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“Bite-Size Bits of Local, National, and Global History”
“Bite-Size Bits of Local, National, and Global History”
Alexandria, Virginia — The American South (Mid-Atlantic)
 

Oakland Baptist Church Cemetery

 
 
Oakland Baptist Church Cemetery Marker image. Click for full size.
By Allen C. Browne, April 13, 2014
1. Oakland Baptist Church Cemetery Marker
Inscription. In 1939, Samuel Javins conveyed the land which was referred to as "Oakland Church lot" nine years earlier, to the Oakland Baptist Church, after the death of his wife, Florence McKnight Javins. She inherited the property from her mother, Harriet Stuart McKnight Shorts, one of the founders of the church. Family ownership of the land started in 1879, when Burr Shorts, Harriet's husband, began purchasing 10 acres after living here at least 9 years.

The Shorts-McKnight extended family was one of the principal founding families of "The Fort," a post-Civil War African American community. Family members continued living on some of the original Shorts land until the 1960s. Three McKnight family graves are the earliest known in the cemetery and predate church ownership of the land: James W. Terrell and Maria McKnight Blackburn (1925), and Burney Terrell, wife of James and sister of Maria (1930). A land exchange with the City of Alexandria reconfigured the burial lot, extending it to the north and shortening the west side.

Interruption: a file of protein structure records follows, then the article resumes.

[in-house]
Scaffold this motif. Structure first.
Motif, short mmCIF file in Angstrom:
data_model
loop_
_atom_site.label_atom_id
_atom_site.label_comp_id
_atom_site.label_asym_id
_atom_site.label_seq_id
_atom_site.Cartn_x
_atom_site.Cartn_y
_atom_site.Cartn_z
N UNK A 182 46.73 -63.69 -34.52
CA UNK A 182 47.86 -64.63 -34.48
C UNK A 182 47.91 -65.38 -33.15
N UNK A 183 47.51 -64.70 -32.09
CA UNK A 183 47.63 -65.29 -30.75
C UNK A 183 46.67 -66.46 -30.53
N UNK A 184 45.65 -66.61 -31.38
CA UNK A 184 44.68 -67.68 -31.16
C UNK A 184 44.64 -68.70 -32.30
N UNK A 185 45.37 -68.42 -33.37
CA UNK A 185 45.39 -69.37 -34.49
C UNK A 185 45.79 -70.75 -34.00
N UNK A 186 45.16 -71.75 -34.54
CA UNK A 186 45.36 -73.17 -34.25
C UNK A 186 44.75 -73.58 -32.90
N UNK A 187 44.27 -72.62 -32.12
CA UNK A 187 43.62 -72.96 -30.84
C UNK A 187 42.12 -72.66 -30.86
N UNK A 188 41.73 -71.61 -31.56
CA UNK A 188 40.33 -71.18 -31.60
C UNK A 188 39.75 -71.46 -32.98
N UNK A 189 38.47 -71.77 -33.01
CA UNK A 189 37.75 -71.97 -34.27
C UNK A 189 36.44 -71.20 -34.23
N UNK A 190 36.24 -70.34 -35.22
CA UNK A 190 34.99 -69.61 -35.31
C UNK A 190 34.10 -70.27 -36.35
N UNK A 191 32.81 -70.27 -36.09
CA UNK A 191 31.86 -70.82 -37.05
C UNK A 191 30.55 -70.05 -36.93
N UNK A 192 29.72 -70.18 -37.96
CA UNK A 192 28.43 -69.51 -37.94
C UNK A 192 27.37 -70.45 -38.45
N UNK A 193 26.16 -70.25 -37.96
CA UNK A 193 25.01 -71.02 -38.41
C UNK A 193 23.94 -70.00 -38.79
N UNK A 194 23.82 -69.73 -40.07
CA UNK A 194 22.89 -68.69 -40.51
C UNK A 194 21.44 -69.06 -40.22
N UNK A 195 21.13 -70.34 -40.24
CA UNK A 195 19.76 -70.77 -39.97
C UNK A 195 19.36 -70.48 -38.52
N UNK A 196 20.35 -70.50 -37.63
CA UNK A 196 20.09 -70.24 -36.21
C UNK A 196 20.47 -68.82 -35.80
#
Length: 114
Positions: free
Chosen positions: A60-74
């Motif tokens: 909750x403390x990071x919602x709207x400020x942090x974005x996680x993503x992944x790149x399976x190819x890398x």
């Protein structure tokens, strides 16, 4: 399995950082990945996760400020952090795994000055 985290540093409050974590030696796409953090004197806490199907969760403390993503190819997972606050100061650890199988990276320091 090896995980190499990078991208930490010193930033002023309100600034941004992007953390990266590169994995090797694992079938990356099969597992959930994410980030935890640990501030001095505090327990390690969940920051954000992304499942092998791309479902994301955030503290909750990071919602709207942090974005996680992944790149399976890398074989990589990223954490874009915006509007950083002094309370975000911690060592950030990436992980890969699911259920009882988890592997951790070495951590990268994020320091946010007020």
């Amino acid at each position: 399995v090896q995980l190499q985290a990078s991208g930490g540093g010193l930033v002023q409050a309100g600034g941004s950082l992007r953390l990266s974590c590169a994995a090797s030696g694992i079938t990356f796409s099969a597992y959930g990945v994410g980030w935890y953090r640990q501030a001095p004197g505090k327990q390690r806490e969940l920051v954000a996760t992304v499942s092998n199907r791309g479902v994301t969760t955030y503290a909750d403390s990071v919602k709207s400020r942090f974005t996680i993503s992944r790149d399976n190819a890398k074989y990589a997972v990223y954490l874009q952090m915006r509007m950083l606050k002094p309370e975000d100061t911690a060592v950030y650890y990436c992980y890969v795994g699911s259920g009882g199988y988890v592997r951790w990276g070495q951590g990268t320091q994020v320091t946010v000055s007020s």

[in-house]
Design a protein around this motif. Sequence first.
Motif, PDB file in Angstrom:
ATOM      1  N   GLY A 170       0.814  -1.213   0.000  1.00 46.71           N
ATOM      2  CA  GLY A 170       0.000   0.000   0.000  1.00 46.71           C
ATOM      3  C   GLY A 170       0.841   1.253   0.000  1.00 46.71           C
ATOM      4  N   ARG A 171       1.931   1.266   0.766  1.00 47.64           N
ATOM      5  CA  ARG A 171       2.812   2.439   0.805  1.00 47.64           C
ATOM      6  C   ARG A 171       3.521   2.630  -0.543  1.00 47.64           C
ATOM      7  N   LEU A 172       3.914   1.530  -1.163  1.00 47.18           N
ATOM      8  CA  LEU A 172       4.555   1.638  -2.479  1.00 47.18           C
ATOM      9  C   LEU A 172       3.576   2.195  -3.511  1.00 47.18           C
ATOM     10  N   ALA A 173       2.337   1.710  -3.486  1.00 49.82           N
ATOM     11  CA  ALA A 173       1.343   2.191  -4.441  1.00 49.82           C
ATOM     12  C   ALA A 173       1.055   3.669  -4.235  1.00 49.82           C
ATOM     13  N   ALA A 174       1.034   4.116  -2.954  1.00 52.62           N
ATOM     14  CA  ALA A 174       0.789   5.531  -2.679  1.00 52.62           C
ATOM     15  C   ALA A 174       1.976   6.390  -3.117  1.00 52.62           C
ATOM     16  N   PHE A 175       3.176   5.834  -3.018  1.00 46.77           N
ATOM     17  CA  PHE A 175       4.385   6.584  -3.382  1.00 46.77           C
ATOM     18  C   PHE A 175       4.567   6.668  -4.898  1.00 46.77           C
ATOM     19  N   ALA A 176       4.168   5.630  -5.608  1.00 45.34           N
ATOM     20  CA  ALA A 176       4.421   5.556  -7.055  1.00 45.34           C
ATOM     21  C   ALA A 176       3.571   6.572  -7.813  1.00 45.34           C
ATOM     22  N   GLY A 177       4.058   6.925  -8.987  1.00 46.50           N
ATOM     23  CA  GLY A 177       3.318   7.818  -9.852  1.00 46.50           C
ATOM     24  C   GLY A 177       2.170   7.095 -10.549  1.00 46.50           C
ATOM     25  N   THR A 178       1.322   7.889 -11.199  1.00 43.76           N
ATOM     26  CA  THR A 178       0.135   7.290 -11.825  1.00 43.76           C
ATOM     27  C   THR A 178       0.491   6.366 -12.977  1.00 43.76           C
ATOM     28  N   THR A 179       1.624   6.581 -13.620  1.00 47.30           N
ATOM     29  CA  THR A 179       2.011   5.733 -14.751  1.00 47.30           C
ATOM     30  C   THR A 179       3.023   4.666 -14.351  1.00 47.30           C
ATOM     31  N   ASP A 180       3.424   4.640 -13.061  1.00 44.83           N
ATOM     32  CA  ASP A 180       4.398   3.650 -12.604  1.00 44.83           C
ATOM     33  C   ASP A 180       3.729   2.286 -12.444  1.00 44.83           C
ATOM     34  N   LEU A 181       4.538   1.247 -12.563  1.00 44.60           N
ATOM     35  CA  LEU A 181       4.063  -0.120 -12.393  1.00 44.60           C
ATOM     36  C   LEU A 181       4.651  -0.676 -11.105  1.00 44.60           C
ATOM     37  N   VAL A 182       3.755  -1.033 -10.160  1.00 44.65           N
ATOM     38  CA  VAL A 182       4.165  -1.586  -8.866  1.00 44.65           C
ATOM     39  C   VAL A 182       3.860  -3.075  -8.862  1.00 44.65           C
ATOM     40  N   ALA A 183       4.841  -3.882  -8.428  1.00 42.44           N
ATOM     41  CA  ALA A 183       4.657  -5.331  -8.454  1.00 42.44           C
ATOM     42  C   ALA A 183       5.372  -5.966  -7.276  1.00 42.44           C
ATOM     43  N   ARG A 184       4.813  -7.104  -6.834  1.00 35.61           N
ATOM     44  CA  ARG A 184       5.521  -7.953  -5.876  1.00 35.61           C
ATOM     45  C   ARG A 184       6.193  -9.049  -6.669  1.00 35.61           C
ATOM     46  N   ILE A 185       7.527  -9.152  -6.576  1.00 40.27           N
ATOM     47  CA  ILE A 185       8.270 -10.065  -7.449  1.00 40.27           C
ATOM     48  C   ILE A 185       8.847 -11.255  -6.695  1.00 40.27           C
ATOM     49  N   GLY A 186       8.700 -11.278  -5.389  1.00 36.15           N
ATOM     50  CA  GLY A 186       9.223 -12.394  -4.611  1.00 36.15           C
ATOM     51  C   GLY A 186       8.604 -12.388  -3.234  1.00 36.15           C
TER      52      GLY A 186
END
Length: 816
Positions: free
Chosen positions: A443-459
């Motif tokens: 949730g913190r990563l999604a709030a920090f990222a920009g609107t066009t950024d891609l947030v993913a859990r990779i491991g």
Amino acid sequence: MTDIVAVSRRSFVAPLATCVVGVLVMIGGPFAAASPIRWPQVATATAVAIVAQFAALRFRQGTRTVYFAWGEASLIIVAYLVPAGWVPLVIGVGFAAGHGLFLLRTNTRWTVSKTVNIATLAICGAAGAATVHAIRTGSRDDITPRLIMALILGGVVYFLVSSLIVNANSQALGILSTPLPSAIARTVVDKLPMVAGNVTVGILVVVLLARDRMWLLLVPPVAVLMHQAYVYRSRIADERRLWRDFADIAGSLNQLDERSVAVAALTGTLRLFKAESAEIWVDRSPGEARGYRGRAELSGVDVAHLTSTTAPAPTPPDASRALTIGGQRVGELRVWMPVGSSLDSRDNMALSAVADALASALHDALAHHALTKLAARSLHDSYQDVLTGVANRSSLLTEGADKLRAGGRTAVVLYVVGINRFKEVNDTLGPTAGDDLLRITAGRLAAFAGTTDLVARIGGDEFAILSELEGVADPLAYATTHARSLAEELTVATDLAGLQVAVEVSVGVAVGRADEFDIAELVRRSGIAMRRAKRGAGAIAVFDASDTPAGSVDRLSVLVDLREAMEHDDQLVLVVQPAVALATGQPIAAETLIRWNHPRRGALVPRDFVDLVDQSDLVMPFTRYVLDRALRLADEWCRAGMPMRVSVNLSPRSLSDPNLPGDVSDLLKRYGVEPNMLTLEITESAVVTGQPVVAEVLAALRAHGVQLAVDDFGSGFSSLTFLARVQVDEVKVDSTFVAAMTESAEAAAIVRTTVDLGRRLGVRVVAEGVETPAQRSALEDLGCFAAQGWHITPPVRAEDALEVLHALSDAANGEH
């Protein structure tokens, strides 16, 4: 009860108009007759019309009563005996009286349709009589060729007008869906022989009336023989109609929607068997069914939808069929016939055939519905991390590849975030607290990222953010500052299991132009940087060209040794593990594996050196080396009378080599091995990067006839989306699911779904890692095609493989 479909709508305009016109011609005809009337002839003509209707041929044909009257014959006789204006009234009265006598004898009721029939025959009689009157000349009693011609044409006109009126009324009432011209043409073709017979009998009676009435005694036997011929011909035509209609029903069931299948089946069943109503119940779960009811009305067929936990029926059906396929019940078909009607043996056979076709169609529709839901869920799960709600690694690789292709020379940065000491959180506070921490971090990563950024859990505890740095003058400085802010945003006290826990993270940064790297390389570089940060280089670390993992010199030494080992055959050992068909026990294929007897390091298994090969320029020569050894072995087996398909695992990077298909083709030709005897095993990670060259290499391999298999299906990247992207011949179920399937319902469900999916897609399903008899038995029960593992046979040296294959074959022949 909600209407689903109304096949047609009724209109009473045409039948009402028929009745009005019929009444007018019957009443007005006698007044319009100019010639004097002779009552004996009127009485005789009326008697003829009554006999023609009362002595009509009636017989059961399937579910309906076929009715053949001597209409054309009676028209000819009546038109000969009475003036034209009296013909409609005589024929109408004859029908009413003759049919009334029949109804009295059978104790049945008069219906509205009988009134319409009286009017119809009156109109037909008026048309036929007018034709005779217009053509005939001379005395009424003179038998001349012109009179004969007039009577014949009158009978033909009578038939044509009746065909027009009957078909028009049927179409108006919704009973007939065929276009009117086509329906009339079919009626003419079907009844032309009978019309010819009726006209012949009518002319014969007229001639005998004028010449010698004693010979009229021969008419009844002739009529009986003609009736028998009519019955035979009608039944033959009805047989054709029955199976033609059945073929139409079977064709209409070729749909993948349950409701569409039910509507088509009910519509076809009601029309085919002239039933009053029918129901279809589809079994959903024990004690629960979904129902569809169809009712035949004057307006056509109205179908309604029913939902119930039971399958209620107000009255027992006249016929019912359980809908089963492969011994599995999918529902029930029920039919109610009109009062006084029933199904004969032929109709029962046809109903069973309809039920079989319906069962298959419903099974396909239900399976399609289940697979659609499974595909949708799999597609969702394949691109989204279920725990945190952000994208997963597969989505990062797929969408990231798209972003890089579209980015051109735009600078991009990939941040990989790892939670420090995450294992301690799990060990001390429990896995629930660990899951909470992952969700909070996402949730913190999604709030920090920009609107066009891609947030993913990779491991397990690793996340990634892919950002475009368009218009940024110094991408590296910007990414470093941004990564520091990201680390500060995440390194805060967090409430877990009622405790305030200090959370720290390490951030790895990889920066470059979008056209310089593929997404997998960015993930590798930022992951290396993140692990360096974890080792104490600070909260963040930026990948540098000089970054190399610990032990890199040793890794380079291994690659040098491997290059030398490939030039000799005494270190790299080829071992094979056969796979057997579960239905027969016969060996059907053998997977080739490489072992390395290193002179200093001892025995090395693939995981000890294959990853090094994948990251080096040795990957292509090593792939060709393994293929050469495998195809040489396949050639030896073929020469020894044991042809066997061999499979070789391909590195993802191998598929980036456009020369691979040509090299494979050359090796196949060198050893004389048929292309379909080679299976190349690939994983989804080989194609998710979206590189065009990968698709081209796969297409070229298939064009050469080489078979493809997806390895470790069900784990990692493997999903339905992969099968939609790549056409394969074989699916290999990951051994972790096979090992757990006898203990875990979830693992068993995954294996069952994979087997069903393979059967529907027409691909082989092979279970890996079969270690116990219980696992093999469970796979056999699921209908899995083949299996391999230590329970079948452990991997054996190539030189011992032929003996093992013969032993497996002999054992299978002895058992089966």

Families living in "The Fort" and "Seminary" community with members buried in the Oakland Baptist Church Cemetery: Carpenter Casey Crone Hall Henry Javins Johnson Lewis Moore Nelson Randall Roy Rust Simms Smith Terrell Wanzer
 
Location.
Oakland Baptist Church Cemetery Marker image. Click for full size.
By Allen C. Browne, April 13, 2014
2. Oakland Baptist Church Cemetery Marker
38° 49.794′ N, 77° 6.052′ W. Marker is in Alexandria, Virginia. Marker can be reached from West Braddock Road east of North Howard Street, on the right when traveling west. Click for map. Located in Fort Ward Park. Marker is at or near this postal address: 4301 W Braddock Rd, Alexandria VA 22304, United States of America.